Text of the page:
Some people are goal people. They make the lists. They check them off one by one and track their progress. This works for them.
I try to be one of those people. I love dreaming about the future and how I can change and grow.
But the truth is, I’m not very good at the hustle part of the goal digging. I’m trying to be better. And I’m going to share more of this later.
But what I am good at is being a noticer. I have learned the value and reward of reflecting on my growth over time.
When I wanted to create my Best Nine grid from Instagram, I was intrigued by what was created by a computer program. But I didn’t relate to it. It wasn’t MY best nine. I have different feelings about what I feel best represents myself over the year and I wasn’t going to let an algorithm tell me otherwise.
Once home from our looooooon travels, with the Christmas decor finally tucked away in its place, and with a tiny moment in my day when I had a bit of quiet and a hot (for now) cup of coffee, I sat down with my notebook, pen, and the photo roll stored in my Cloud to discover what I learned over the last year.
I first learned about this process from Emily P Freeman who shares seasonally with her readers about What We Learned. She makes a point to write down throughout a season, Winter, Spring, Summer or Fall, what she notices and learns from. I love this ritual. But I have already established I am not good at keeping track of the things I am doing on a consistent basis by writing them down. But that doesn’t mean I am not paying attention.
I realized in the hustle of my days, my method for keeping track is found right there on the photos stored on my phone. My journal is in the words I share in my feed.
So I scrolled through the pictures armed with some questions to help my process of noticing. Then, I was able to take all the things I learned over the year and turn them into my Reverse Checklist. Its a backwards way of creating goals but it works for me.
For someone who struggles with goal lists, this process was so fulfilling.
It was such a great exercise I would like to continue this process not just each year but also seasonally.
What about you? Do you need a different way to look at goals and growth? Would you like to join along? If so, here is a short over view of my method to get you started.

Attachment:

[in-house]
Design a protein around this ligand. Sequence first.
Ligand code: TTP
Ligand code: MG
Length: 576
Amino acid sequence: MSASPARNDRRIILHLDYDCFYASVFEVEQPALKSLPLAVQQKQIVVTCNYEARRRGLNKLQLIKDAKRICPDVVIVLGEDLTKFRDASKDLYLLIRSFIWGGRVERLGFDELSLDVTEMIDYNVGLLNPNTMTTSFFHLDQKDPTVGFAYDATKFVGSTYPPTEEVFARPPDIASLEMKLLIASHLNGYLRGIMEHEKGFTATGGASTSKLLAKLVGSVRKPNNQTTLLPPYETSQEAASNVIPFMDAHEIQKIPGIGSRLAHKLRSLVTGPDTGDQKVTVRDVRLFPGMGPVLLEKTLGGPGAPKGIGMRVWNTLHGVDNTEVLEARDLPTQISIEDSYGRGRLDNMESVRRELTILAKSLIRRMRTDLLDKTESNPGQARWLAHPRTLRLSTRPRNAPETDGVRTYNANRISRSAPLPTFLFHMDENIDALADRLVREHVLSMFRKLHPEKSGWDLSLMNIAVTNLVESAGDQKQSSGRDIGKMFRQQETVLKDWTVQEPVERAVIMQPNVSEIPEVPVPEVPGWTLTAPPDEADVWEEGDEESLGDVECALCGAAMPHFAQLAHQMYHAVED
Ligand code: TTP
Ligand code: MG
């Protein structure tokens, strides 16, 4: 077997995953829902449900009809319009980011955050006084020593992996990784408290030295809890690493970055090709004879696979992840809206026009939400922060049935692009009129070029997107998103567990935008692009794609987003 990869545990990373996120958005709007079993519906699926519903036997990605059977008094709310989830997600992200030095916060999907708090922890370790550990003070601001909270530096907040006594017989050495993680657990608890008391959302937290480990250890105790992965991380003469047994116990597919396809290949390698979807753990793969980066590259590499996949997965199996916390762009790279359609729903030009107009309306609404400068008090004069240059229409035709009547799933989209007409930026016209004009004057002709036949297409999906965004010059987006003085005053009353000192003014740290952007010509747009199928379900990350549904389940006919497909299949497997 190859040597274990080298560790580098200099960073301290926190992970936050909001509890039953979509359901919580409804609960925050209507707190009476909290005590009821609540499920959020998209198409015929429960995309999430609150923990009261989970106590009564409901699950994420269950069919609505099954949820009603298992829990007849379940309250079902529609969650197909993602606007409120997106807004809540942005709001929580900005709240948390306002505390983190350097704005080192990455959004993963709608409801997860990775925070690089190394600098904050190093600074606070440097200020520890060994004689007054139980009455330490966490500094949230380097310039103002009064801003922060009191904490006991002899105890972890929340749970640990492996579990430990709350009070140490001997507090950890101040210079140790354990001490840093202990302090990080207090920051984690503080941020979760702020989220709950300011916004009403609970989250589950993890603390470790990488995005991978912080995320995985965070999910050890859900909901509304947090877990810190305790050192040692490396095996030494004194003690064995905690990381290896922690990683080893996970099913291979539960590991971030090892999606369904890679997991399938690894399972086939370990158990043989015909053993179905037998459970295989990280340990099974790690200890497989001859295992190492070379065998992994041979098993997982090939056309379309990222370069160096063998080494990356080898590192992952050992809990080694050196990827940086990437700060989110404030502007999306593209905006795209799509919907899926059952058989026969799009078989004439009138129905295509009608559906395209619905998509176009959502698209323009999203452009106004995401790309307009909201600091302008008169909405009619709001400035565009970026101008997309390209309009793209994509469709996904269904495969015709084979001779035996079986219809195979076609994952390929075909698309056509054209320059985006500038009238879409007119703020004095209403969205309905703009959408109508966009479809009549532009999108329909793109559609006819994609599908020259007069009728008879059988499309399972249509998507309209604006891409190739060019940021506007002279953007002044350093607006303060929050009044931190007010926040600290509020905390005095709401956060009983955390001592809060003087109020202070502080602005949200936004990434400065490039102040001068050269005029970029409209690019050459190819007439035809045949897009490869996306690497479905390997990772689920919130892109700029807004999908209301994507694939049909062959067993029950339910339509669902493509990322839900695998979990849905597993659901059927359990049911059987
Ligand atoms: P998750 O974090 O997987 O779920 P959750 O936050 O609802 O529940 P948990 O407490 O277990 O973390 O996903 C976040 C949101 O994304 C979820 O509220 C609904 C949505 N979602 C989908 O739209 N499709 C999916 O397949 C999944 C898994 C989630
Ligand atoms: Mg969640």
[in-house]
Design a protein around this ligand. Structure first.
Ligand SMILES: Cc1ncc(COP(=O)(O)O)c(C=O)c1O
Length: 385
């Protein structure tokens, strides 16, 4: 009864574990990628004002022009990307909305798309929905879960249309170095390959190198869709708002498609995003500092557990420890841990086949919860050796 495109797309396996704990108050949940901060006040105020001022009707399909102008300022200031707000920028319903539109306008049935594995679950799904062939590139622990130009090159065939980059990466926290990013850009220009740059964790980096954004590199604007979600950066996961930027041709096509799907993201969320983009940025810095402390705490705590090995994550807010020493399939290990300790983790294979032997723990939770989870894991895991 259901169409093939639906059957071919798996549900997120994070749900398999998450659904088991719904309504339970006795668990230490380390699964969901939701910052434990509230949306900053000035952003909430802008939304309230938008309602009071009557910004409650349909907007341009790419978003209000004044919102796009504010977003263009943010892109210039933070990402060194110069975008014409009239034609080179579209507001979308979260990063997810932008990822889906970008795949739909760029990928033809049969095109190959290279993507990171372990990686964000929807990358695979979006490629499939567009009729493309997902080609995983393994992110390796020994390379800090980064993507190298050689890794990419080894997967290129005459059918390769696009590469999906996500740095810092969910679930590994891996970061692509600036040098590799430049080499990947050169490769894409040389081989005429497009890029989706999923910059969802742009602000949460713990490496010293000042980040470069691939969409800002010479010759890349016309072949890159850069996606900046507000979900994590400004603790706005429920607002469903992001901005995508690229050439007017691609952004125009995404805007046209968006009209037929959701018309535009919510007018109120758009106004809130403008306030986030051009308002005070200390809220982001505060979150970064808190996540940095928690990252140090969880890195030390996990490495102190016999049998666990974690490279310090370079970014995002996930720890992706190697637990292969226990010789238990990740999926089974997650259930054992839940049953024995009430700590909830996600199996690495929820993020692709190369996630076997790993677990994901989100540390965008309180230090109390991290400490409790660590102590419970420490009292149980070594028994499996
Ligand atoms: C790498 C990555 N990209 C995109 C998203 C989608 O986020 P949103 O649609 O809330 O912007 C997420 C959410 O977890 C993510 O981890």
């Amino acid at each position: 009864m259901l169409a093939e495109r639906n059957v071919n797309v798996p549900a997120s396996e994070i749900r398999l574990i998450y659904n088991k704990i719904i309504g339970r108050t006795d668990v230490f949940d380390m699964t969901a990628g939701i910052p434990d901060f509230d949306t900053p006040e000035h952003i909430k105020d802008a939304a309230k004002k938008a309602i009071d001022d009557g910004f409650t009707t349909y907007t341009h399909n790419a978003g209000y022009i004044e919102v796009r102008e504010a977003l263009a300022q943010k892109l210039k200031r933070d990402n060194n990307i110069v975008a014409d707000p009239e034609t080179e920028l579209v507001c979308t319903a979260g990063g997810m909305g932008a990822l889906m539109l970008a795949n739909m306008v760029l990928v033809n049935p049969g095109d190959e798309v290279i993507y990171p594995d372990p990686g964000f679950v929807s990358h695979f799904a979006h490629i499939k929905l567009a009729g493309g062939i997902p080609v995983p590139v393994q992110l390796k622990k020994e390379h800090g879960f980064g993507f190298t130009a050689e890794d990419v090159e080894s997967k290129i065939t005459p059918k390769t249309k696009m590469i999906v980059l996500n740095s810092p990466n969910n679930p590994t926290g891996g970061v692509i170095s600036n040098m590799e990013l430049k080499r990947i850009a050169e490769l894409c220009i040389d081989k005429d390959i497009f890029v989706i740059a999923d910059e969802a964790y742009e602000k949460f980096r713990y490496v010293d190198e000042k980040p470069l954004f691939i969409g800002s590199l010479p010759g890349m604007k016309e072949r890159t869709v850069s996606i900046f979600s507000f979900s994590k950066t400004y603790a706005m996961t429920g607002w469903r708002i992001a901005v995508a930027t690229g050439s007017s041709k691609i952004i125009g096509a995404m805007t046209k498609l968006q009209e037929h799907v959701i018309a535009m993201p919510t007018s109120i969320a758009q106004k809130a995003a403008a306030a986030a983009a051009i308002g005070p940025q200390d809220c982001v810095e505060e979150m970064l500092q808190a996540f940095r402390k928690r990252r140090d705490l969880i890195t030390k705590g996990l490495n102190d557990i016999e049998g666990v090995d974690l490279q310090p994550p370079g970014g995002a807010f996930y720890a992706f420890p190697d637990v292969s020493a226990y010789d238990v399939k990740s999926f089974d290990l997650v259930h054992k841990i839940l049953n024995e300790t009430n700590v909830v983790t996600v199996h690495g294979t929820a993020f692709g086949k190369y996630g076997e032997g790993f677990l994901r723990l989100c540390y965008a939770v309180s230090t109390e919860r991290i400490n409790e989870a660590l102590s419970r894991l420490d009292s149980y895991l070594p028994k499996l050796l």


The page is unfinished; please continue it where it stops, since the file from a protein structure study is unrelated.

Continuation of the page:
Questions to ask yourself…
What was hard?
What did you hide from others?
What made you smile?
What did you forget about? And why, do you think?
What are you proud of?
What do you want more of?
From this list, flag the pictures that answer or trigger any of these questions.Pick a number to focus on. Maybe 5? 10? Whatever feels right. The number doesn’t matter. Take each picture and journal what you learned based on these questions. Then, take this lesson and turn it into an action item.
You did that thing. Good for you. It belongs on your list.
Even if the moment brings up negative feelings such as something hard or something you were hiding from, the simple act of noticing this is the goal achieved here. For example, you have 13 pictures in your phone of your toddler throwing a tantrum over the most ridiculous things. The bucket list item then could be “Allow toddler to feel all the feelings.” Or “Learned NOT to go grocery shopping at 5:00 PM.” Seem trivial? It is not. Every lesson learned or hard thing done needs to be celebrated. The small things ARE worth celebrating.
I also believe that by noticing what brings us joy, peace, or pride, we can decide what we want to add more to our lives.
I’ll be back at the end of February to share what I learned in Winter (and also I will laugh because I will know “winter” is far from over.)
But if making a point to look back on your year or your season seems too formal, perhaps this is a practice you can do at the end of a really hard day. Sometimes its in the middle of what feels like a drought we discover there was beauty all along.